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15 indulgent meals for Buffalo's snow shovelers

When explorers undertake travel to the North Pole on foot, they eat a fat-rich diet, because they’re burning as many calories as a small-blast furnace.

Snow shovelers on Buffalo streets face similar struggles, but no one’s going to make a National Geographic documentary about them. They have to find their rewards where they can, and I would suggest that the restaurants of Western New York are an excellent place to start.

As snowflakes exfoliate numb skin and howling winds suck the breath from your lungs, let the down-parka hug of these Buffalo-area restaurant dishes keep the home fires burning.

Inspiration for this collection came from the Terrace at Delaware Park, 199 Lincoln Parkway, in the Marcy Casino. There, chef Bruce Wieszala has started offering cassoulet, a French-inspired classic.

It’s a meat-and-bean casserole whose “ideal consumer is a 300-pound blocking back who has been splitting firewood nonstop for the last 12 hours on a subzero day in Manitoba,” said Julia Child, the cookbook author and groundbreaking television cooking star.

Its components vary, but Wieszala’s starts with his garlicky housemade sausage. It’s simmered with tarbais beans, duck confit, pork belly, smoked duck breast, duck stock, and topped with garlic bread crumbs ($24).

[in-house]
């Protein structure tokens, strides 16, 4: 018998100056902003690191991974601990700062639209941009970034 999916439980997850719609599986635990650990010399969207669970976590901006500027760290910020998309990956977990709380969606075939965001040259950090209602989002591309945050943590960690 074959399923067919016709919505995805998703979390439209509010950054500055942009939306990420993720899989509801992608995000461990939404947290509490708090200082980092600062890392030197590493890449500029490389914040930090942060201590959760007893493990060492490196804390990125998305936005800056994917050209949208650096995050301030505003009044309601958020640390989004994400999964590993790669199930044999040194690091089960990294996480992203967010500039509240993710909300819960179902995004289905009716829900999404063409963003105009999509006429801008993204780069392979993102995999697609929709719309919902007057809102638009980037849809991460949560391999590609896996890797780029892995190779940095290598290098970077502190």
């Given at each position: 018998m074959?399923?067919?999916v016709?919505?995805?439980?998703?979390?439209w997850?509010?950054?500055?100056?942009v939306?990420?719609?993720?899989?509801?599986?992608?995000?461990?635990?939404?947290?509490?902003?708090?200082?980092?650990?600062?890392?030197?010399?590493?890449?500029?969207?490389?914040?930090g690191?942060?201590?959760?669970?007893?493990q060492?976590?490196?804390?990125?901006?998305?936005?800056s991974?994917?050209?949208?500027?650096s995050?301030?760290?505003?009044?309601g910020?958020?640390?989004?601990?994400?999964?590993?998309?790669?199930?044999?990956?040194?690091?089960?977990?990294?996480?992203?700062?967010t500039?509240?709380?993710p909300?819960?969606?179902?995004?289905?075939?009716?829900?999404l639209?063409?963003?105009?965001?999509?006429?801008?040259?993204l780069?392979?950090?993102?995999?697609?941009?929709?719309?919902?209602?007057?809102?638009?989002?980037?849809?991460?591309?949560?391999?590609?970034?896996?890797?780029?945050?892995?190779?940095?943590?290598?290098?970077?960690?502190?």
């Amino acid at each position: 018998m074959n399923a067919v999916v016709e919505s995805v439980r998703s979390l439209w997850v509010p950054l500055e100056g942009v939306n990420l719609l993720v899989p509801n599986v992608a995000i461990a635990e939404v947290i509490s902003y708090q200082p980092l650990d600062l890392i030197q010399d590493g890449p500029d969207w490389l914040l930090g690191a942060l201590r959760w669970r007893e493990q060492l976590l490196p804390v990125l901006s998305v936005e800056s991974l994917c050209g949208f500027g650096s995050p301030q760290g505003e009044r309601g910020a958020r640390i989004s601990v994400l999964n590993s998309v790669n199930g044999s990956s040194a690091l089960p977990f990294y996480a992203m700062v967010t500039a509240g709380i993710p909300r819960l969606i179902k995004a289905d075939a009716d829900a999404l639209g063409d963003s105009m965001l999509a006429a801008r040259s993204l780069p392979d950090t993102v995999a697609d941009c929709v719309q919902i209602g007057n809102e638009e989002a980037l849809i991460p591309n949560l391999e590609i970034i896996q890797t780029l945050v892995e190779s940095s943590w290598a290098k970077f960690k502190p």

Here are 14 more suggestions – including a vegan entry, because vegetable eaters have to shovel, too:

Chicken-fried steak

The Yelling Goat, 205 Central Ave., Lancaster

Years went by without finding a credible version of this Southern wonder, but this plate ended my personal drought. Tenderized beef, floured and fried to a golden crust comes blanketed in peppery cream gravy, on a foundation of lumpy mashed potatoes. ($19.95)

Chicken-fried steak at the Yelling Goat. (Mark Mulville/Buffalo News)

. . .

Hungarian goulash over spätzle

Scharf’s German Restaurant, 2683 Clinton St., West Seneca

It’s not strictly German, but the West Seneca restaurant offers chunks of beef stewed into tenderness in a paprika-infused jus. It’s served ladled over housemade dumpling strips, with choice of potato, vegetable and salad on the side. ($13.25)

Hungarian goulash over spätzle at Scharf's German Restaurant. (Derek Gee/Buffalo News)